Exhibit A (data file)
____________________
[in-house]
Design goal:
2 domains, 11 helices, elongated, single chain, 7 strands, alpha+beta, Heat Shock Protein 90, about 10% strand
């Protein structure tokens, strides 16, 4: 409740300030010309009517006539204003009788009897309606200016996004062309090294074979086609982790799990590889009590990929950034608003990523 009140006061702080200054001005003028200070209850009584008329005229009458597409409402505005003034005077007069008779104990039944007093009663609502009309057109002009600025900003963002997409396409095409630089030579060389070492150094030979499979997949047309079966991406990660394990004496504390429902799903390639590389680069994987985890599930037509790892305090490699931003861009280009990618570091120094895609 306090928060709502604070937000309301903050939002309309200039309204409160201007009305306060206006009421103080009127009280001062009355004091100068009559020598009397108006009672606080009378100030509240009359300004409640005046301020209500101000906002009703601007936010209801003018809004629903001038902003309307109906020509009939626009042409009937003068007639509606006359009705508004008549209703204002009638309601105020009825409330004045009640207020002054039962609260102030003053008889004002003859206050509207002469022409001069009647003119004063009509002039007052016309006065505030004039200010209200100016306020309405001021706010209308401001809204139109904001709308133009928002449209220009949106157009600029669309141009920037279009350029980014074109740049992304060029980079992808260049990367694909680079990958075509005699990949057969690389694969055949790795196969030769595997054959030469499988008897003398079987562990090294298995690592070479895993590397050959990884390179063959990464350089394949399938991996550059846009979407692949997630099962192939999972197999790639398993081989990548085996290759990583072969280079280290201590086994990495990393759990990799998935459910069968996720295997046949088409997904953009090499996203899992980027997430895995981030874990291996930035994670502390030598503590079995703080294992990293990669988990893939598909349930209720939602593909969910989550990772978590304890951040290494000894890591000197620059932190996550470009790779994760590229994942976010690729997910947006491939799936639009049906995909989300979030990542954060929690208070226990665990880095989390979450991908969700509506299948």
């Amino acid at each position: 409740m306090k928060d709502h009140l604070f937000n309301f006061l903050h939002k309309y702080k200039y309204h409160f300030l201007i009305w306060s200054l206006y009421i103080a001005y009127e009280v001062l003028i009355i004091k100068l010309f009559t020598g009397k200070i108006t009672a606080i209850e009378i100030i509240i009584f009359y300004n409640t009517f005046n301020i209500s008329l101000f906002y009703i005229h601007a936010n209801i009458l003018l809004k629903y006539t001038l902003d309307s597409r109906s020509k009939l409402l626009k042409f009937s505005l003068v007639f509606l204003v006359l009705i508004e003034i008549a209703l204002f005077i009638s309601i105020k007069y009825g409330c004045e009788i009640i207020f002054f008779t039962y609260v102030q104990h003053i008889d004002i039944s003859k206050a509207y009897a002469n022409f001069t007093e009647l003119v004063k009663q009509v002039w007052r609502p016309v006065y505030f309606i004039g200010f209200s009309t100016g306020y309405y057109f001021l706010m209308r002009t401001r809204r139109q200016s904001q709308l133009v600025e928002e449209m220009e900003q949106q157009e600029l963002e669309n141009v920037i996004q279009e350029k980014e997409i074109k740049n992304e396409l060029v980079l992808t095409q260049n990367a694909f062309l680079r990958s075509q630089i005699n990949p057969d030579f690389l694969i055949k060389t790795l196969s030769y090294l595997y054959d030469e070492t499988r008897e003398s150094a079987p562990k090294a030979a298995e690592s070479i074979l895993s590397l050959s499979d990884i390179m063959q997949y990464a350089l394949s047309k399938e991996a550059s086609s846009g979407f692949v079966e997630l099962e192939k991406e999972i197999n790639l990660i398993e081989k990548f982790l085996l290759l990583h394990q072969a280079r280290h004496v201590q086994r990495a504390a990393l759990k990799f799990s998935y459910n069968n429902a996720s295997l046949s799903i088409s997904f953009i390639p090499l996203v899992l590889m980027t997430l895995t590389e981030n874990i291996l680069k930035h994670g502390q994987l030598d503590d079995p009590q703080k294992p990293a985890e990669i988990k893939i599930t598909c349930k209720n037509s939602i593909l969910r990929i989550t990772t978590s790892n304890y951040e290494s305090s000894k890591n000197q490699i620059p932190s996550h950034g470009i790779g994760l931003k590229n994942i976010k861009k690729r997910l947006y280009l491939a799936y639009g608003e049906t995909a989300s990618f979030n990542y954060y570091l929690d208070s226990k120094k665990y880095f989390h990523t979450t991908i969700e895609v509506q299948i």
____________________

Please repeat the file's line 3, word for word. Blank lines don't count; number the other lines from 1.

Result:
2 domains, 11 helices, elongated, single chain, 7 strands, alpha+beta, Heat Shock Protein 90, about 10% strand